- The challenges, meanwhile, are all too common when it comes to the widespread adoption of new technology:
- Consumers need to be convinced of the security and reliability of invisible payments, first and foremost. Although removing the need for physical payment delivers the speed and convenience many consumers want, it also removes an element of control.
- Then there’s the trust component to invisible payments. Consumers may worry about items being purchased by mistake, or transactions going through without their knowledge or consent.
- Consumers must also overcome ingrained behaviours. Many first-time Amazon Go shoppers admitted to feeling like they were “stealing” when walking out without physically paying.
- And by replacing the pause before purchase that currently exists thanks to payment authorisation, consumers may be concerned about their ability to stick to a budget.
Of course, these challenges are largely brought about by a lack of familiarity with the technology. Concerns over security, reliability and trust should decrease over time.
How Will Invisible Payments Impact Your Business?
If handled correctly, the implementation of invisible payments has the potential to deliver serious innovation, disrupting industries and transforming customer experiences. Take Barclaycard’s Dine & Dash app, for example.
Instead of waving down a server, waiting for the bill, waiting for the server to return with a POS, and then making the payment, you simply stand up and walk out. Your payment information is held in the app, and it’s all taken care of automatically.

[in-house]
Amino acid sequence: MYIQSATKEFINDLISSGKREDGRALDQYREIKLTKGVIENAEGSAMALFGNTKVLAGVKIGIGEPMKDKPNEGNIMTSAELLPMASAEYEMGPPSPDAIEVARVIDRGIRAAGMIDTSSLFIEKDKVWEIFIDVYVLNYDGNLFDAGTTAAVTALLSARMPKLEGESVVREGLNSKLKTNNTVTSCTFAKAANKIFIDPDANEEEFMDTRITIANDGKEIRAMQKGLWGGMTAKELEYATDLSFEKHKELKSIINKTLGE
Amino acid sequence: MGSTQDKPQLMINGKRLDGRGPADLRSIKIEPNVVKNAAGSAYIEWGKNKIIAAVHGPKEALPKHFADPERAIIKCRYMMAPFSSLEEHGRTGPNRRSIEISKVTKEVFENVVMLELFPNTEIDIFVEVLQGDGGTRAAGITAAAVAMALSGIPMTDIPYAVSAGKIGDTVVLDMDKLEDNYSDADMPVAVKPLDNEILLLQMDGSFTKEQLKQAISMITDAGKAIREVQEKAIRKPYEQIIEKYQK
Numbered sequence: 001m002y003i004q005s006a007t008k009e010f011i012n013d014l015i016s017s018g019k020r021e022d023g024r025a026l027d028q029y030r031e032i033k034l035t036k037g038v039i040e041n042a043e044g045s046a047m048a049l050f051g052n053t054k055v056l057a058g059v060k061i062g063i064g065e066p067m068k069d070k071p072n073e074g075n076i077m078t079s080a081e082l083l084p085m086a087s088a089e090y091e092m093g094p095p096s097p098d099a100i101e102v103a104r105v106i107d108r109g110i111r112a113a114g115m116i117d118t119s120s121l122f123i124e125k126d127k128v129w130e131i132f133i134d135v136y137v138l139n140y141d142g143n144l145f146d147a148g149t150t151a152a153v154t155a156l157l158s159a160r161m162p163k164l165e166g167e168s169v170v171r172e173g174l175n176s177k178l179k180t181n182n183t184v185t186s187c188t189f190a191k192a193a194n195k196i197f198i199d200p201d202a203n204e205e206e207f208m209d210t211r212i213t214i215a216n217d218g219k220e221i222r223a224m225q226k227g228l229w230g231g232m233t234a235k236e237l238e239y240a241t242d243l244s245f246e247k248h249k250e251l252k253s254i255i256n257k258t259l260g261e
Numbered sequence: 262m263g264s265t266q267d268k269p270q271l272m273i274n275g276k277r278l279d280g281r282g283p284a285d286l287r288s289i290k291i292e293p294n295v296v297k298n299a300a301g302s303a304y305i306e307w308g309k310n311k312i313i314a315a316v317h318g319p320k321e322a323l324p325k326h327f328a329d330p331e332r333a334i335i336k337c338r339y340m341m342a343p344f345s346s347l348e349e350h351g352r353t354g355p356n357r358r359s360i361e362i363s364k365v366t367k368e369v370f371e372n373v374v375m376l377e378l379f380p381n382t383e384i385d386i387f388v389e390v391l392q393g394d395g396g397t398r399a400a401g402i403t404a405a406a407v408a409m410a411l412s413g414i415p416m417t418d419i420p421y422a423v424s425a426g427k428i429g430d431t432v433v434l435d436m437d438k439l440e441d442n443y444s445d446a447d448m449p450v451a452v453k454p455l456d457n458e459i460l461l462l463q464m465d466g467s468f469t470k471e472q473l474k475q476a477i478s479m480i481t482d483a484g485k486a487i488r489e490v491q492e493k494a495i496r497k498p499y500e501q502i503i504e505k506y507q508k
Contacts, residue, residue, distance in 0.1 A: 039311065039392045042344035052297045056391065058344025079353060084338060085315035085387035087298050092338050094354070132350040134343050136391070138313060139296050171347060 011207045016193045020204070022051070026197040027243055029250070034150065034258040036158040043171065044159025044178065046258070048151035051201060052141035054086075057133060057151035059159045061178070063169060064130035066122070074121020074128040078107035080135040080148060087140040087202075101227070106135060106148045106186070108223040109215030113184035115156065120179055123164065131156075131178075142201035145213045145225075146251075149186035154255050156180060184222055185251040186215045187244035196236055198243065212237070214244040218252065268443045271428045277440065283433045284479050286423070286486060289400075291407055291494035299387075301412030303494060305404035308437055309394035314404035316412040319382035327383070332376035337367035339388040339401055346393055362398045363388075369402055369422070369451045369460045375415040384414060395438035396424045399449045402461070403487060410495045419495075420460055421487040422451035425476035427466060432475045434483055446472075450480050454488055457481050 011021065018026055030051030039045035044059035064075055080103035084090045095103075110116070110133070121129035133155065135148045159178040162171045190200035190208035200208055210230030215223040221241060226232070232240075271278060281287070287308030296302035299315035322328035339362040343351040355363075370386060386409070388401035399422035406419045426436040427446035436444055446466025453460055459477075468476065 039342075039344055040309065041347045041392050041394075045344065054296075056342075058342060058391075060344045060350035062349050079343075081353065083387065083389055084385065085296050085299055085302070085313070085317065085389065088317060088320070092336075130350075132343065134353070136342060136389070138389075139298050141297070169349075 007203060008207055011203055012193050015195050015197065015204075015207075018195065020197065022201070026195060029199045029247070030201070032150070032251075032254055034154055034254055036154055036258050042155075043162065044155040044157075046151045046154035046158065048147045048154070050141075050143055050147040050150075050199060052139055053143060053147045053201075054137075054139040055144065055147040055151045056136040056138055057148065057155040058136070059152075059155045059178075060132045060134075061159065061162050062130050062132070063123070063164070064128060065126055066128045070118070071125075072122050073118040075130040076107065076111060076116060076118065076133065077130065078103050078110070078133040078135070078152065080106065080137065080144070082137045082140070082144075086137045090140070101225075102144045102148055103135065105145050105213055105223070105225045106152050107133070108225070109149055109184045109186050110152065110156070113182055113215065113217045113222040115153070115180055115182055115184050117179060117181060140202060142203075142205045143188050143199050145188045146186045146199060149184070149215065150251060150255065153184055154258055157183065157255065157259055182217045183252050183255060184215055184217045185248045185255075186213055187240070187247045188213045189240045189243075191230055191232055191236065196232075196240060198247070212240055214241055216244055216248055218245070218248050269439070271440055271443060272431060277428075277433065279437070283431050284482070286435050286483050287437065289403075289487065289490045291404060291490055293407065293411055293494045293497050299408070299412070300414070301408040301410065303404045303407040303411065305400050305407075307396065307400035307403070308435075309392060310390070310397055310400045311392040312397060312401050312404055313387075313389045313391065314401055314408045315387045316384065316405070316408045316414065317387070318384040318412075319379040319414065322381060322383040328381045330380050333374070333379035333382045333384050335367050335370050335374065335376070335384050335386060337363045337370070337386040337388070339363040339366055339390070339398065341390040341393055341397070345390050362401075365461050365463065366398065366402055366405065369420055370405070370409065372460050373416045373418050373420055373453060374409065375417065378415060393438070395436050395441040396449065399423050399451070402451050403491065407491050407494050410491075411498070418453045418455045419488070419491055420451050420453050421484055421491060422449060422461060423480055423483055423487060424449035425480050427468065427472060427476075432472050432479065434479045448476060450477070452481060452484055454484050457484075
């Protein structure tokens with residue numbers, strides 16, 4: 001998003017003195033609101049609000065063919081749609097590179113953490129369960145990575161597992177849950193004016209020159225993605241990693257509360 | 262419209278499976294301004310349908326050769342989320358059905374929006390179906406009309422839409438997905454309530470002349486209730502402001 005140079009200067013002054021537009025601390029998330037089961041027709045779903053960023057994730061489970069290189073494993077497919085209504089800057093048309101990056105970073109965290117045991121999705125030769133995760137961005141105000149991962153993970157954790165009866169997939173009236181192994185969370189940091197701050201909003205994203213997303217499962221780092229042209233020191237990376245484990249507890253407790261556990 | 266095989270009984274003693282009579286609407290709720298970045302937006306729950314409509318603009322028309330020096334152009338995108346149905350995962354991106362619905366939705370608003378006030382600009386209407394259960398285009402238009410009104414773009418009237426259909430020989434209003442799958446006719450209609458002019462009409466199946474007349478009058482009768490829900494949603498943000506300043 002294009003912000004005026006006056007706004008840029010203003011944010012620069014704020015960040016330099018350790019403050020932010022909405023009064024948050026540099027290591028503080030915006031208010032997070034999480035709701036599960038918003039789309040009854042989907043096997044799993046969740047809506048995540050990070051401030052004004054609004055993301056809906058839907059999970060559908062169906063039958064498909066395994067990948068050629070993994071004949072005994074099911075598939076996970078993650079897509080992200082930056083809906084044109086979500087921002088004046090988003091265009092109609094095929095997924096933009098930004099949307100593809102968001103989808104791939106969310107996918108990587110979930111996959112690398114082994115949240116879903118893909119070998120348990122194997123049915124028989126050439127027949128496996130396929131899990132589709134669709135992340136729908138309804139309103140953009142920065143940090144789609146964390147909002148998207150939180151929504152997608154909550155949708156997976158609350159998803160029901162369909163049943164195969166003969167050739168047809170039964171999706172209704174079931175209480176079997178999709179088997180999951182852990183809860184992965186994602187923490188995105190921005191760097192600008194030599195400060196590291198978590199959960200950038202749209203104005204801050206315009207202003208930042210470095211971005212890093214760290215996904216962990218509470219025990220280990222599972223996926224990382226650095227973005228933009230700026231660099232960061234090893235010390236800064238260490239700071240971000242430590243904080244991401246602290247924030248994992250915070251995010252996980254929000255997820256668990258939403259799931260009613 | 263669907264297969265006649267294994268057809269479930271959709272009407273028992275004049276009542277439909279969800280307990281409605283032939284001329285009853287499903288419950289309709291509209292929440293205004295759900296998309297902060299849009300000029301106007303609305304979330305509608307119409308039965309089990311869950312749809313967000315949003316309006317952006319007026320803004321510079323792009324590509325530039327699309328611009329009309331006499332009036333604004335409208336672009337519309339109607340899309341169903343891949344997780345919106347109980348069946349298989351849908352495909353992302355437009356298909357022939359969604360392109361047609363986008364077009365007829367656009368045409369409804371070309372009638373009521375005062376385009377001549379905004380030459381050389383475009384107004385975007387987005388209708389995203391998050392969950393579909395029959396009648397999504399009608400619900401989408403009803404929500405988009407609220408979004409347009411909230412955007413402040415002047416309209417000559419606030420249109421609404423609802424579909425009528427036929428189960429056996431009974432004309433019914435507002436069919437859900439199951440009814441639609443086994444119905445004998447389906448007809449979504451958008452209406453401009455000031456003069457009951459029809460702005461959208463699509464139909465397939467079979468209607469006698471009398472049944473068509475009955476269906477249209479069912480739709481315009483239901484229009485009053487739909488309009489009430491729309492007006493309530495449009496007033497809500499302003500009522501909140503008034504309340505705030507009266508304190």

Whether it’s at a restaurant table or a supermarket, the ability to skip the wait and pay “invisibly” will save both you and your customers time. And even the smallest amount of time saved is still time saved. It all adds up in the long run.
But that’s not all. According to PWC, the other key business benefits of invisible payments include:
- Reduction in errors: Eliminating the manual intervention of a cashier typing the payment value into a POS should reduce the risk of human error by both the merchant and the customer.
- Cost optimisation and enhanced value: The resources — both time and personnel — involved in payment processing can be diverted towards enhancing customer experience.
- Large-scale applicability: Invisible payments can be enabled both online and off. This should contribute to the adoption of digital payments and nudge a cashless society that little bit closer.
Over the next decade, your business will be expected to meet a surging demand for a wide array of payment options. Some will simply require that you make use of existing infrastructure. Others will need a far more strategic technological investment — but with that comes the opportunity to improve revenue streams and enhance the customer experience.
For many consumers, a payment could soon be nothing more than an afterthought. Ultimately, however, the feasibility of invisible payments will come down to a company’s ability to adapt to a shifting payment world. Contact CCV for more information.